Thomas Andrews (ironmaster)

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Thomas Andrews FRSE FRS FCE ICE (16 February 1847 – 19 June 1907) was an English metallurgical chemist and ironmaster.


Born at Sheffield on 16 February 1847, he was only son of Thomas Andrews, proprietor of the Wortley Iron Works, near the town, and his wife Mary Bolsover. He was educated at Broombank school, Sheffield, and then as a student of chemistry under Dr. James Allan of Sheffield.[1]

Andrews early undertook original scientific research, with the practical advice and guidance of his father, who died in 1871. He then became head at Wortley.[1]

In 1888 Andrews was elected a fellow of the Royal Society. He was also a fellow of the Royal Society of Edinburgh and of the Chemical Society, and member of the Institution of Civil Engineers and Society of Engineers. He acted as consultant to the Admiralty and the Board of Trade on metallurgical questions. At Cambridge University he delivered lectures to engineering students; and at Sheffield was an advocate of technical education directed to industrial ends, assisted in founding and developing Sheffield University.[1]

Andrews died at his home, "Ravencrag", near Sheffield, on 19 June 1907.[1]


After investigation on a large scale Andrews determined the resistance of metals to sudden concussion at temperatures down to 0° Fahrenheit; and was one of the first to study metals by the aid of the microscope, following up the inquiries of Henry Clifton Sorby. In technical periodicals he published around 40 papers: the Society of Engineers awarded him two premiums for papers in their Transactions, "On the Strength of Wrought-iron Railway Axles" (1879), and "On the Effect of Strain on Railway Axles" (1895). In 1902 he received the Society's gold medal for the memoir "Effect of Segregation on the Strength of Steel Rails".[1]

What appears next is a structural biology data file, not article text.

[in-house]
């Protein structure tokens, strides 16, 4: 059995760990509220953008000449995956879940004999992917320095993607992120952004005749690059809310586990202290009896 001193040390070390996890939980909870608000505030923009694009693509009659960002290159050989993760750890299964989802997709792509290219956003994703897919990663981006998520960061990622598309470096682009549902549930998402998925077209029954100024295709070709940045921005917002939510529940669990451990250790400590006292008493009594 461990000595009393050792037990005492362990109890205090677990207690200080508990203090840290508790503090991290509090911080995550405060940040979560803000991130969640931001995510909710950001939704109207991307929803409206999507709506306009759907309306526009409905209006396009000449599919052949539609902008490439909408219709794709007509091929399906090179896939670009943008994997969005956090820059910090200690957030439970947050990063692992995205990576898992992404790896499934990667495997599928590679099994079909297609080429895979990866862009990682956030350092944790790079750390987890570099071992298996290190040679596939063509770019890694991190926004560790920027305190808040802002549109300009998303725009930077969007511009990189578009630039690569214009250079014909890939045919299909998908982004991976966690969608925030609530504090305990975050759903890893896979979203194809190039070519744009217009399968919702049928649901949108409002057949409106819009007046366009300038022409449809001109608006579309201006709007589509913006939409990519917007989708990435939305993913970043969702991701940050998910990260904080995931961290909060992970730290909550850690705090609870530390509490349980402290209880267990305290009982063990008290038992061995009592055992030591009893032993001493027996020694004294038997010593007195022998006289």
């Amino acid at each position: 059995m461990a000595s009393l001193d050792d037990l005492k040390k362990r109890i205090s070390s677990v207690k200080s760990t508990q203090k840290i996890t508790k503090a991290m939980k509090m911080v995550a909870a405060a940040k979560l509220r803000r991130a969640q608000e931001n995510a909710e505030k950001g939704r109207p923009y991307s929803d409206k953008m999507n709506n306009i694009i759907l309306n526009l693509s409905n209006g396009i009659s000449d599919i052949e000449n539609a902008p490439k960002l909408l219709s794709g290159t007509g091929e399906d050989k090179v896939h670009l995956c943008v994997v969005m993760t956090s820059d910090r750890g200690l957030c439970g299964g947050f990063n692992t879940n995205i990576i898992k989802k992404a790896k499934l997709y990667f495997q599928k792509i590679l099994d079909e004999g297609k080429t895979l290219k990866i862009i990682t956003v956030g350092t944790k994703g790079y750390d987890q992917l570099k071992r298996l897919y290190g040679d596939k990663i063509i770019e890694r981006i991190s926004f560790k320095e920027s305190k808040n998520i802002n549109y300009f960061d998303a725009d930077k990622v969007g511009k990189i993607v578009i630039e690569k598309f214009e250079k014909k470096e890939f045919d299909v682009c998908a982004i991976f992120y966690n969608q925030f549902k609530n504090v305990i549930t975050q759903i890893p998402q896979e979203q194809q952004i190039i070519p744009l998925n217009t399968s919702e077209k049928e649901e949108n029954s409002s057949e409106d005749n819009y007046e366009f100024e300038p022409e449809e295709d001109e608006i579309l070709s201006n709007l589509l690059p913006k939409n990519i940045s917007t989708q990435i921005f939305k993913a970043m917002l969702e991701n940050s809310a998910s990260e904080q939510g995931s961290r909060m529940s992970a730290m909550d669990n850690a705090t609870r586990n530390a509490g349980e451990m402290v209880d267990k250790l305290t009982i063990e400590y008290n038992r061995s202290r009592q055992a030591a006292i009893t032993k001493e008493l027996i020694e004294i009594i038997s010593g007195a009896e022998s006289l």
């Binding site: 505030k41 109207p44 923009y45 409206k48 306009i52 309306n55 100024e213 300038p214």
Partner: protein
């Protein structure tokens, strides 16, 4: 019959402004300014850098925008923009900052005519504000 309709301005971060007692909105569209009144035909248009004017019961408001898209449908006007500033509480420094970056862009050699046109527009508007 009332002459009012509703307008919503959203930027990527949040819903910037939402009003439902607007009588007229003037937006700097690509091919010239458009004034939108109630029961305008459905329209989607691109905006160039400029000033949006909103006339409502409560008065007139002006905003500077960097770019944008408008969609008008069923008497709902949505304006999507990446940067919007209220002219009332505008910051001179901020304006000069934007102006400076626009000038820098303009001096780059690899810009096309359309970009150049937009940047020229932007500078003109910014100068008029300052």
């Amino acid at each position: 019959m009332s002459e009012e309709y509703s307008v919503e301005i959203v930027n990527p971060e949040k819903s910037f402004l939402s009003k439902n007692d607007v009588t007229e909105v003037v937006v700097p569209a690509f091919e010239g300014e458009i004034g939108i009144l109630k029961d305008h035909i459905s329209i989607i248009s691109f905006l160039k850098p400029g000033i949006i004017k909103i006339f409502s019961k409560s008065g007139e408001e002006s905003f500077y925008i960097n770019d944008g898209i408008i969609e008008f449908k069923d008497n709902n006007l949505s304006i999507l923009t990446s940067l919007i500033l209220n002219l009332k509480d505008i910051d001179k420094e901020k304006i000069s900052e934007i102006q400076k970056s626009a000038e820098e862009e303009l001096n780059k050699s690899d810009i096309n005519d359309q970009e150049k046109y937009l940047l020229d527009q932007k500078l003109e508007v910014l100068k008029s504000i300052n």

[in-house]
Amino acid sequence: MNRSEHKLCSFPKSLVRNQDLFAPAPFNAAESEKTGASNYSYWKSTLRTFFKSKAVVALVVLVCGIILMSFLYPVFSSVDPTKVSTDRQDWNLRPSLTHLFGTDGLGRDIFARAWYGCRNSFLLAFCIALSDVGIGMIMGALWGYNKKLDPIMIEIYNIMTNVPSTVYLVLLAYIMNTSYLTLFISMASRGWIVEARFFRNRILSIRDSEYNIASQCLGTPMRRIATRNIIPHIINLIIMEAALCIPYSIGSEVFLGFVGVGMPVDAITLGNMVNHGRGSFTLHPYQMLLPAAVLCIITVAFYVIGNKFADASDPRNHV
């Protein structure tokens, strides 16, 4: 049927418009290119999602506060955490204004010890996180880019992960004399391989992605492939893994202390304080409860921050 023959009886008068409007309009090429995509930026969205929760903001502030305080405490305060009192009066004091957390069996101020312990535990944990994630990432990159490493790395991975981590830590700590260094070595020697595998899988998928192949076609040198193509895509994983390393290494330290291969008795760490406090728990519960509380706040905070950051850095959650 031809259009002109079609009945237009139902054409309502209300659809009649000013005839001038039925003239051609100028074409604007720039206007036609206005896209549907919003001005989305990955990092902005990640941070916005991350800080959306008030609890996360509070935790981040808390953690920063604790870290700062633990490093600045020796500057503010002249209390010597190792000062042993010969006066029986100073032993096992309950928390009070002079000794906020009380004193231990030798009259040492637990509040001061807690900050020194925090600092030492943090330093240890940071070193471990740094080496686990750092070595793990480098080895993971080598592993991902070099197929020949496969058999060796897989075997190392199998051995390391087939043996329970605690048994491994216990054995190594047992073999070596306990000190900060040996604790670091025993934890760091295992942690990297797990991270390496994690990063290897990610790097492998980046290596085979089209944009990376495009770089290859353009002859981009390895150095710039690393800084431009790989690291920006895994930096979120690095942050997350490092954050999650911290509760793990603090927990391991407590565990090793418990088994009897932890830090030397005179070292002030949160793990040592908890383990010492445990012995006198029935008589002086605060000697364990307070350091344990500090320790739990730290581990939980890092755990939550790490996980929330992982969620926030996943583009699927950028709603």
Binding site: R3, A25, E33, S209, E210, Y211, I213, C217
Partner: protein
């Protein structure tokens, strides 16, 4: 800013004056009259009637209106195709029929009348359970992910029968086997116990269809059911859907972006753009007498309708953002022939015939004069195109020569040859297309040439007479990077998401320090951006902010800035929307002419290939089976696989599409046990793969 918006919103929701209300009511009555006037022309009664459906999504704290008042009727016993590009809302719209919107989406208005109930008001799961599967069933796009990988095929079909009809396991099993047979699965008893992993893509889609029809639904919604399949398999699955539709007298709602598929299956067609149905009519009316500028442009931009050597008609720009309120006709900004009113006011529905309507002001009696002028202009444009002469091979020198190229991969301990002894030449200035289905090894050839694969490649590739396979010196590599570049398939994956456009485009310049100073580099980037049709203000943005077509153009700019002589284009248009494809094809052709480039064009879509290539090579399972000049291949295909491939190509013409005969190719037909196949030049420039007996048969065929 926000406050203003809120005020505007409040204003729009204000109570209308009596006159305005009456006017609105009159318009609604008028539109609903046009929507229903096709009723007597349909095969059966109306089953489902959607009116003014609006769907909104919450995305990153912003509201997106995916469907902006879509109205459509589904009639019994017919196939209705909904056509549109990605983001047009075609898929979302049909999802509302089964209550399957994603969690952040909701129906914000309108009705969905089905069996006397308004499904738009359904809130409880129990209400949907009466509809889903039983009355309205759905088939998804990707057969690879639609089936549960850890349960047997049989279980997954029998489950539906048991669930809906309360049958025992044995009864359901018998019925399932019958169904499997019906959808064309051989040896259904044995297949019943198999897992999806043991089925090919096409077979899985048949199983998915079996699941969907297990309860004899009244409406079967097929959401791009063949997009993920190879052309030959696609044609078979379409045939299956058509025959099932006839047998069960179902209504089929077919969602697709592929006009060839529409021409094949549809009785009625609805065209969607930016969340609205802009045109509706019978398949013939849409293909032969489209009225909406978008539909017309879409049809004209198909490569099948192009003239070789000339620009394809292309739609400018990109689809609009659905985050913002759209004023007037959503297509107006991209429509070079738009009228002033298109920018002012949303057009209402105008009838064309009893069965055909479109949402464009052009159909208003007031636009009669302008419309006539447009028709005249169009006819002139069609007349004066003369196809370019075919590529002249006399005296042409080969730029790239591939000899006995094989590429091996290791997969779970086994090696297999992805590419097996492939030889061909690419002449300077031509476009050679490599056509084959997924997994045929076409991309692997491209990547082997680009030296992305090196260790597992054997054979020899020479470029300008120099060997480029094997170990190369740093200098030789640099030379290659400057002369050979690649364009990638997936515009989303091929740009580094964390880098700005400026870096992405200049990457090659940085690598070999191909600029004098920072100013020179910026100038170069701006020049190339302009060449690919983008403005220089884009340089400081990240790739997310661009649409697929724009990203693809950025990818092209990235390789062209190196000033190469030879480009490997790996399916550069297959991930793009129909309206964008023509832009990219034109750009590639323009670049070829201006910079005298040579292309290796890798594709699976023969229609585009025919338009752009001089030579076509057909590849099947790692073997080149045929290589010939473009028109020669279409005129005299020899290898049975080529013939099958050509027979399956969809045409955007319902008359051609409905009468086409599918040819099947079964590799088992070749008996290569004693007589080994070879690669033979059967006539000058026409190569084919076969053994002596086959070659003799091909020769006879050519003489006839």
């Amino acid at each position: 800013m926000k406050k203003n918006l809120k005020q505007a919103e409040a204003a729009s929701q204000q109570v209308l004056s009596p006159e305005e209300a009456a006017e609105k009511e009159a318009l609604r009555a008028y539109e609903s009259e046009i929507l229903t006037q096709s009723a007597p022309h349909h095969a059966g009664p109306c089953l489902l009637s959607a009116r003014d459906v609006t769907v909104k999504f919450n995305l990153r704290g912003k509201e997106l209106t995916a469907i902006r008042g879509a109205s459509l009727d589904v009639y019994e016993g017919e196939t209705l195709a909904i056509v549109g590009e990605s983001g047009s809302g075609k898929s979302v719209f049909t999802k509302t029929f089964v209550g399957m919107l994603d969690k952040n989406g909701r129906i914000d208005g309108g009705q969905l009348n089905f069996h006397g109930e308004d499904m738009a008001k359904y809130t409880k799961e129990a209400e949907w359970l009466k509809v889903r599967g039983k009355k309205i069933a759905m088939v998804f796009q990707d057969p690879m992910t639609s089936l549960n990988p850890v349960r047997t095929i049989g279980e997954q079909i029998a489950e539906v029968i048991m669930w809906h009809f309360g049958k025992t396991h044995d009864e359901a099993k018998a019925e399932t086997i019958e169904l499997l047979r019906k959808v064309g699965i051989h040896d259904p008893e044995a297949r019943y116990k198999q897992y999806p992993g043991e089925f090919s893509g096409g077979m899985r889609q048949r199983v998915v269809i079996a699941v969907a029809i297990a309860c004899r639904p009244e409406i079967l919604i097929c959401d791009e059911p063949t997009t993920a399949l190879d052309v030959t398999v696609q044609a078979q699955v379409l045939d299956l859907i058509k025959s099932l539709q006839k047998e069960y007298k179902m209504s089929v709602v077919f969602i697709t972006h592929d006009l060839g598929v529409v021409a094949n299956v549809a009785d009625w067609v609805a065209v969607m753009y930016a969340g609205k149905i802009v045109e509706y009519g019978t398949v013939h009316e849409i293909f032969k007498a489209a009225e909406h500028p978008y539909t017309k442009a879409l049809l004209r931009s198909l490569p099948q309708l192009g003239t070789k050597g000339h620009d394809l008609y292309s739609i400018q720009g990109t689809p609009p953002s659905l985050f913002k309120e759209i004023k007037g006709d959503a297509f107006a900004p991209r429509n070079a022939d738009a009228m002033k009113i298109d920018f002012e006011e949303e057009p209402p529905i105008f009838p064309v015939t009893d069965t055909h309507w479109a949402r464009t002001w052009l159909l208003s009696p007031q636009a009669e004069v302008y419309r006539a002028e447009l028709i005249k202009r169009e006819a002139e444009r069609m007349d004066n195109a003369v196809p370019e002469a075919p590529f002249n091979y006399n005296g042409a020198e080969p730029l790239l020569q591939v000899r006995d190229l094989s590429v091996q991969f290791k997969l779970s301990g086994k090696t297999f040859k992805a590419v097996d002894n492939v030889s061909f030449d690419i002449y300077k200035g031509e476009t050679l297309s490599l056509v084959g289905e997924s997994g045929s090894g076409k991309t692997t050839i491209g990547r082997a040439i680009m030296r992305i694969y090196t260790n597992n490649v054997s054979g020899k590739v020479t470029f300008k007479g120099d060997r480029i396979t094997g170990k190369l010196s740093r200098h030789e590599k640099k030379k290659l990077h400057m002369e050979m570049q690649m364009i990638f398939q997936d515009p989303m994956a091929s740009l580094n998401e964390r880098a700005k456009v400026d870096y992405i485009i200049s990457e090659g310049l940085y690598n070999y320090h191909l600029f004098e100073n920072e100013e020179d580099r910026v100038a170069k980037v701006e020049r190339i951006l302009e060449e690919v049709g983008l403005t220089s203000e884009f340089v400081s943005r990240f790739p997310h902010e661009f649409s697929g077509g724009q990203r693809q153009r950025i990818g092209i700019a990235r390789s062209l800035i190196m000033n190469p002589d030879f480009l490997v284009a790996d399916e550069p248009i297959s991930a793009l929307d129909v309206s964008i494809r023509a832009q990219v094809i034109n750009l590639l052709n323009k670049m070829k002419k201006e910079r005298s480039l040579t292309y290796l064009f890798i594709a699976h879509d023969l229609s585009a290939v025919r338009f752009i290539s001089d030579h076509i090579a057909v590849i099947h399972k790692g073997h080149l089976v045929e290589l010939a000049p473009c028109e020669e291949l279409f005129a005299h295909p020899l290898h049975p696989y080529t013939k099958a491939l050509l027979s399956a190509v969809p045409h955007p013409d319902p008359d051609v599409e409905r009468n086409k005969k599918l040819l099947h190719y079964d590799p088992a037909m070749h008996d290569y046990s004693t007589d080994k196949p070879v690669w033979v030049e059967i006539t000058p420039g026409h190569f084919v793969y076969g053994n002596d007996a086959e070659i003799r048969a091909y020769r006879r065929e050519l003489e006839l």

In 1884 the Institution of Civil Engineers awarded him a Telford medal. A major paper on "Wear of Steel Rails on Bridges" was published in the Journal of the Iron and Steel Institute (1895).[1]

Andrews by microscopic examination of metallic materials looked to determine the cause of naval accidents, and he contributed on the subject to Engineering (1904). In a paper on the microscopic effects of stress on platinum (Roy. Soc. Proc. 1902) he broke new ground.[1]

He was author of Thoughts on Faith and Scepticism.[2]


Andrews married in 1870 Mary Hannah, daughter of Charles Stanley of Rotherham, and had issue three sons (two died in childhood) and one daughter.[1]


  1. ^ a b c d e f g h  Lee, Sidney, ed. (1912). "Andrews, Thomas" . Dictionary of National Biography, 1912 supplement​. 1. London: Smith, Elder & Co.
  2. ^


 This article incorporates text from a publication now in the public domainLee, Sidney, ed. (1912). "Andrews, Thomas" . Dictionary of National Biography, 1912 supplement​. 1. London: Smith, Elder & Co.